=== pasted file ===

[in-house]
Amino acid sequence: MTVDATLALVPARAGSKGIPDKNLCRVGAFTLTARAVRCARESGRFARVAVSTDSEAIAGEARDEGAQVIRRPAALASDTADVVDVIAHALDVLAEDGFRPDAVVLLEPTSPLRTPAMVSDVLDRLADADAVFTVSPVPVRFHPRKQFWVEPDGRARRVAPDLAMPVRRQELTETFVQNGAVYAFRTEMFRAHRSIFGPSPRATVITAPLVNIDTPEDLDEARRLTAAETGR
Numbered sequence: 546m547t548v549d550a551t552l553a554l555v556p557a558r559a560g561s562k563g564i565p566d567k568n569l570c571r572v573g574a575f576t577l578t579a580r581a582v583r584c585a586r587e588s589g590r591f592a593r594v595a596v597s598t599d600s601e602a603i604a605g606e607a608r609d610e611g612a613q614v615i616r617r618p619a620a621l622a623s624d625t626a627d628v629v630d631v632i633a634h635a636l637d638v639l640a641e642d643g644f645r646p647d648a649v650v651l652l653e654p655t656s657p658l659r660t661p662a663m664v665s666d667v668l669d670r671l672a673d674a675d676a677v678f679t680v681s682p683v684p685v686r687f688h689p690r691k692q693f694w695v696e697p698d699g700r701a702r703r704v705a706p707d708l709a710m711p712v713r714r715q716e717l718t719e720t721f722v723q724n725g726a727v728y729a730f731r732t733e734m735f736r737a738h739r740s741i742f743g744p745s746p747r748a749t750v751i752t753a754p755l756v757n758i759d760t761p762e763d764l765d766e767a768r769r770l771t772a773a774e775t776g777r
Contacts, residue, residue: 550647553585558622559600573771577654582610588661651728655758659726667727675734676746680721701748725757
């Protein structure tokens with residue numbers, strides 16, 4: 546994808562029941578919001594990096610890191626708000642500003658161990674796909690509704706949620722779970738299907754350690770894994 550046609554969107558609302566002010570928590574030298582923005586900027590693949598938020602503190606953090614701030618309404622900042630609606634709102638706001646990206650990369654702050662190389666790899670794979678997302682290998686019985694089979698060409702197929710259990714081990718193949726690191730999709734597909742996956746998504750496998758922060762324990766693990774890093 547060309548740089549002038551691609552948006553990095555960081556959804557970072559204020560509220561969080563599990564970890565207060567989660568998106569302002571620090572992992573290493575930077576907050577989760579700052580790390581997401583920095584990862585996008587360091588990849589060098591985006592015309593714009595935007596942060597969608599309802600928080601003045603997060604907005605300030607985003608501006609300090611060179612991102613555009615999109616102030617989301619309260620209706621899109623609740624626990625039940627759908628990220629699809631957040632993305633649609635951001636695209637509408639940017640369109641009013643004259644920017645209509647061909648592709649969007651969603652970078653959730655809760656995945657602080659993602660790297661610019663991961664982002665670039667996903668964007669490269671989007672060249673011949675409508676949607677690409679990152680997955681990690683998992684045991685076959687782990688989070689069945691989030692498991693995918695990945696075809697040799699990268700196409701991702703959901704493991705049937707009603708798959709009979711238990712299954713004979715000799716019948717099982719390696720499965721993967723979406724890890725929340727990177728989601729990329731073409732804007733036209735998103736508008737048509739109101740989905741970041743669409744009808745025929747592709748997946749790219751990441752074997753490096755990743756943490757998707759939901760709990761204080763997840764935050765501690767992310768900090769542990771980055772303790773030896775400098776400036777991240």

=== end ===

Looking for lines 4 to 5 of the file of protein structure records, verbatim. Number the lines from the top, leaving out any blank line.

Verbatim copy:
Contacts, residue, residue: 550647553585558622559600573771577654582610588661651728655758659726667727675734676746680721701748725757
């Protein structure tokens with residue numbers, strides 16, 4: 546994808562029941578919001594990096610890191626708000642500003658161990674796909690509704706949620722779970738299907754350690770894994 550046609554969107558609302566002010570928590574030298582923005586900027590693949598938020602503190606953090614701030618309404622900042630609606634709102638706001646990206650990369654702050662190389666790899670794979678997302682290998686019985694089979698060409702197929710259990714081990718193949726690191730999709734597909742996956746998504750496998758922060762324990766693990774890093 547060309548740089549002038551691609552948006553990095555960081556959804557970072559204020560509220561969080563599990564970890565207060567989660568998106569302002571620090572992992573290493575930077576907050577989760579700052580790390581997401583920095584990862585996008587360091588990849589060098591985006592015309593714009595935007596942060597969608599309802600928080601003045603997060604907005605300030607985003608501006609300090611060179612991102613555009615999109616102030617989301619309260620209706621899109623609740624626990625039940627759908628990220629699809631957040632993305633649609635951001636695209637509408639940017640369109641009013643004259644920017645209509647061909648592709649969007651969603652970078653959730655809760656995945657602080659993602660790297661610019663991961664982002665670039667996903668964007669490269671989007672060249673011949675409508676949607677690409679990152680997955681990690683998992684045991685076959687782990688989070689069945691989030692498991693995918695990945696075809697040799699990268700196409701991702703959901704493991705049937707009603708798959709009979711238990712299954713004979715000799716019948717099982719390696720499965721993967723979406724890890725929340727990177728989601729990329731073409732804007733036209735998103736508008737048509739109101740989905741970041743669409744009808745025929747592709748997946749790219751990441752074997753490096755990743756943490757998707759939901760709990761204080763997840764935050765501690767992310768900090769542990771980055772303790773030896775400098776400036777991240």